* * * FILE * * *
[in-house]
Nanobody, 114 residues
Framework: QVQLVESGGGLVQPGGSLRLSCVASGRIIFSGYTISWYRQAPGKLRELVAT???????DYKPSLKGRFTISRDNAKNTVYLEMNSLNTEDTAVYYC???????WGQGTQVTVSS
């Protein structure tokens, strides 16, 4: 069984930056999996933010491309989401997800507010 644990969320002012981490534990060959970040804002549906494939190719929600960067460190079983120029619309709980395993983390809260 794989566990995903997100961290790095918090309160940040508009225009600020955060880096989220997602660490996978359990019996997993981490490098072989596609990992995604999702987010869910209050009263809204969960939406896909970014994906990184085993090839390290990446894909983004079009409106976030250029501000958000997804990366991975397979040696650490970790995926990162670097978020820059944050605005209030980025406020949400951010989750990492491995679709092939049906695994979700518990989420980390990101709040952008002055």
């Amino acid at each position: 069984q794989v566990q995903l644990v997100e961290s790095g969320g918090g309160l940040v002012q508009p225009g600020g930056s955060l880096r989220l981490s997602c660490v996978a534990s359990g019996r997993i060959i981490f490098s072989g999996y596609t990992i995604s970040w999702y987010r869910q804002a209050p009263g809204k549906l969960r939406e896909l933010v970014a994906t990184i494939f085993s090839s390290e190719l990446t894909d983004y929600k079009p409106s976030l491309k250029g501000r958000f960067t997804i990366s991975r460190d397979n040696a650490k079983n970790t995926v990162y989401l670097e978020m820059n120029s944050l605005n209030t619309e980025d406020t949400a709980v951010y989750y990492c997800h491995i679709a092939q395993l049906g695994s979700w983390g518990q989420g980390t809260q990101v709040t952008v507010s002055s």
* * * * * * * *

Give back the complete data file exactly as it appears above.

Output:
[in-house]
Nanobody, 114 residues
Framework: QVQLVESGGGLVQPGGSLRLSCVASGRIIFSGYTISWYRQAPGKLRELVAT???????DYKPSLKGRFTISRDNAKNTVYLEMNSLNTEDTAVYYC???????WGQGTQVTVSS
């Protein structure tokens, strides 16, 4: 069984930056999996933010491309989401997800507010 644990969320002012981490534990060959970040804002549906494939190719929600960067460190079983120029619309709980395993983390809260 794989566990995903997100961290790095918090309160940040508009225009600020955060880096989220997602660490996978359990019996997993981490490098072989596609990992995604999702987010869910209050009263809204969960939406896909970014994906990184085993090839390290990446894909983004079009409106976030250029501000958000997804990366991975397979040696650490970790995926990162670097978020820059944050605005209030980025406020949400951010989750990492491995679709092939049906695994979700518990989420980390990101709040952008002055």
């Amino acid at each position: 069984q794989v566990q995903l644990v997100e961290s790095g969320g918090g309160l940040v002012q508009p225009g600020g930056s955060l880096r989220l981490s997602c660490v996978a534990s359990g019996r997993i060959i981490f490098s072989g999996y596609t990992i995604s970040w999702y987010r869910q804002a209050p009263g809204k549906l969960r939406e896909l933010v970014a994906t990184i494939f085993s090839s390290e190719l990446t894909d983004y929600k079009p409106s976030l491309k250029g501000r958000f960067t997804i990366s991975r460190d397979n040696a650490k079983n970790t995926v990162y989401l670097e978020m820059n120029s944050l605005n209030t619309e980025d406020t949400a709980v951010y989750y990492c997800h491995i679709a092939q395993l049906g695994s979700w983390g518990q989420g980390t809260q990101v709040t952008v507010s002055s």